Part 1: Could Fructose And Uric Acid Be Driving Diabetes?

Published on November 15, 2012 by Dr. Paul Hrkal

Diabetes has now become an international health problem of epidemic proportions. According to the Canadian Diabetes Association there are currently 9 million Canadians living with diabetes or pre-diabetes. This number is expected to continue to grow at an accelerated pace. The center for disease control predicts that if the rate of growth continues 1 out of 3 people born today will have type 2 diabetes. These statistics have set off alarm bells at all levels of the government and health care system and they have begun dumping resources and funding into diabetes education, research and treatments.

Fortunately, we have a good idea what factors initiate and cause the progression of diabetes. Most savvy medical professionals, research scientists and knowledgeable people know that dietary and lifestyle factors such as regular physical activity and a diet low in refined, processed foods and high in fibre, low fat protein, fruits and vegetables prevents the onset of type 2 diabetes. Yet despite this knowledge, the number of people being diagnosed with diabetes is continuing to increase.

Researchers have tried to identify the key factors that are responsible for driving diabetes. There is little argument that a diet high in refined sugar has a central role. Looking back at the history of diabetes, it was non-existent before the advent of large-scale sugar farming. It was first observed in the wealthy upper class since they consumed more sugar (which was expensive at the time) (Johnson et al).

Figure One here shows the relationship between sugar consumption 

and the increase of diabetes over the last 100 years. Gross et al studied foods with highest impact on weight gain, obesity and the development of diabetes in people over the past 50 years. They found that high fructose corn syrup (HFCS) was the most strongly related food. HFCS is a very common ingredient added to many processed foods. It is favored as a sweetener since it is sweeter than glucose and is produced from corn, which is a major crop harvested in North America. Unfortunately there is mounting evidence that HFCS (fructose specifically) plays a key role is the initiation, development and progression of diabetes. Fructose has further peaked my interest since some researchers are now strongly linking a high intake of fructose with increased uric acid levels and the progression of type 2 diabetes (Johnson et al). The rest of this article will examine this connection and highlight possible natural interventions to address this possible mechanism.

Fructose is a sugar that commonly found naturally in fruits but it most often is added as a sweetener in processed foods in the form of sucrose (50% glucose 50% fructose) or HFCS (55% fructose 45% glucose). Compare to glucose, fructose has unique features in its metabolism that contribute to conditions such as insulin resistance, diabetes and metabolic syndrome. The following is a discussion of key features of fructose, which account for its harmful effects (adapted from Johnson et al).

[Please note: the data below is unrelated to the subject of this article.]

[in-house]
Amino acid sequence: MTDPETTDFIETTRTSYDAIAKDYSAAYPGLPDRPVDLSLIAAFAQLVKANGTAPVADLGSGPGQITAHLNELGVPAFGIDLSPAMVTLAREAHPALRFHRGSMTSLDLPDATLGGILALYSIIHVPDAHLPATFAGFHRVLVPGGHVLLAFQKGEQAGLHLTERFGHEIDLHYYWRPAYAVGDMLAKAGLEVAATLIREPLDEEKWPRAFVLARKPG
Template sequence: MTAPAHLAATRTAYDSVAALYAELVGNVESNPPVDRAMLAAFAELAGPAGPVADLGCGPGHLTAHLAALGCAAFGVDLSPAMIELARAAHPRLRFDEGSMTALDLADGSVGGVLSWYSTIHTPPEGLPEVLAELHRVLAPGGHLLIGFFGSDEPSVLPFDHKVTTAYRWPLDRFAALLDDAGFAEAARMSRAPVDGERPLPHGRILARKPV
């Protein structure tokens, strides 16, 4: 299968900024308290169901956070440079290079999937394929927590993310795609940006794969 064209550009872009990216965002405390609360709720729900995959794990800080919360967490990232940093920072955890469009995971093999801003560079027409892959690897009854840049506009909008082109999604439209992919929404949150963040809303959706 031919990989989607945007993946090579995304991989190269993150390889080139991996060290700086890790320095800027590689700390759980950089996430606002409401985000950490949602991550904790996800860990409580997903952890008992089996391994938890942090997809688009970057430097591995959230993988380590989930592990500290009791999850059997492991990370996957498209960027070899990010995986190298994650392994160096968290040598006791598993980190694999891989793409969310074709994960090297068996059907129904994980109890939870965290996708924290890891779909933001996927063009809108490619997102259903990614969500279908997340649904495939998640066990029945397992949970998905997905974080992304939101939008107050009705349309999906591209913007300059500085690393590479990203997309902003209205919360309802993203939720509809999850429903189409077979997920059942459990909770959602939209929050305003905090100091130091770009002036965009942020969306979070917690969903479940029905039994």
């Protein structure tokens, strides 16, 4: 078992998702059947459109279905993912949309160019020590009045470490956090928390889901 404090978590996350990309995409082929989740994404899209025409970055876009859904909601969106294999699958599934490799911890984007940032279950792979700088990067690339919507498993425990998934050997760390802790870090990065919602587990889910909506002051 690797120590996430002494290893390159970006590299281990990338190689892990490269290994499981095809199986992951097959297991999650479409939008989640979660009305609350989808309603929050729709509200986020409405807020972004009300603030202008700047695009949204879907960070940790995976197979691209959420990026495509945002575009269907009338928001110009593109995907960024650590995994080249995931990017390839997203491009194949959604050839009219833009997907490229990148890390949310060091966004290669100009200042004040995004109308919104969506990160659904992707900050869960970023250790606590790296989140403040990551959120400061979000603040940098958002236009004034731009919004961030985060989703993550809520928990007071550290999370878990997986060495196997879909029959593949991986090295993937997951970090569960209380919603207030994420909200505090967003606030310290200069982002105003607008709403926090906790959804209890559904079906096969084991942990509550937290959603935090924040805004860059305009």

1)      The rate-limiting enzyme in fructose metabolism is fructokinase. Unlike hexokinase, (used by glucose), fructokinase is very poorly regulated so once fructose is ingested, it rapidly is metabolized which uses up large amounts of ATP, (the energy currency of the body) stealing it from vital cell functions (especially in the liver).

2)      The depletion of ATP leads to lower levels in the vascular endothelium which can lead to transient ischemia (lack of oxygen) which causes a cascade of inflammatory signals, oxidative stress and dysfunction. This can promote decreases function and increases damage which leads to conditions such as hypertension.

3)      Fructose is highly lipogenic, which means it strongly stimulates fat production. A number of studies have shown it increases triglyceride synthesis and fatty deposition in liver. This may have been advantageous for our ancestors since they could rapidly store energy in the form of fat but in our current culture of excess calories this function has a negative effect.

4)      Unlike glucose, fructose does not stimulate insulin release. This may seem beneficial to diabetics but long-term effects are detrimental due many other effects discussed in this article (hypertension, elevated triglycerides etc.).

5)      A high intake of fructose has been found to cause abdominal weight gain. Since fructose does not stimulate insulin secretion, there no resulting ghrelin inhibition and leptin release. Leptin is the hormone that tells the brain that we are full. Low levels of leptin lead to no appetite suppression, which causes people to eat more and contributes to obesity.

6)      Sucrose (and fructose) has been identified as a very additive substance. New research has shown it may be as addicting as common recreational drugs.

7)      One of the most interesting aspects of fructose is its ability to stimulate uric acid production. Uric acid levels increase rapidly after ingestion. This can cause a number of additional negative effects. Uric acid can inhibit endothelial nitric oxide formation, which is linked to hypertension. Some evidence also indicates that it can directly cause insulin resistance via oxidative stress and inflammation in fat cells.

It is clear that a diet high

in fructose can predispose a person to multiple disease processes. Figure Two here summarizes the effects of fructose and the connection with type 2 diabetes.

For more on this topic please visit Part 2 of this blog post series here!

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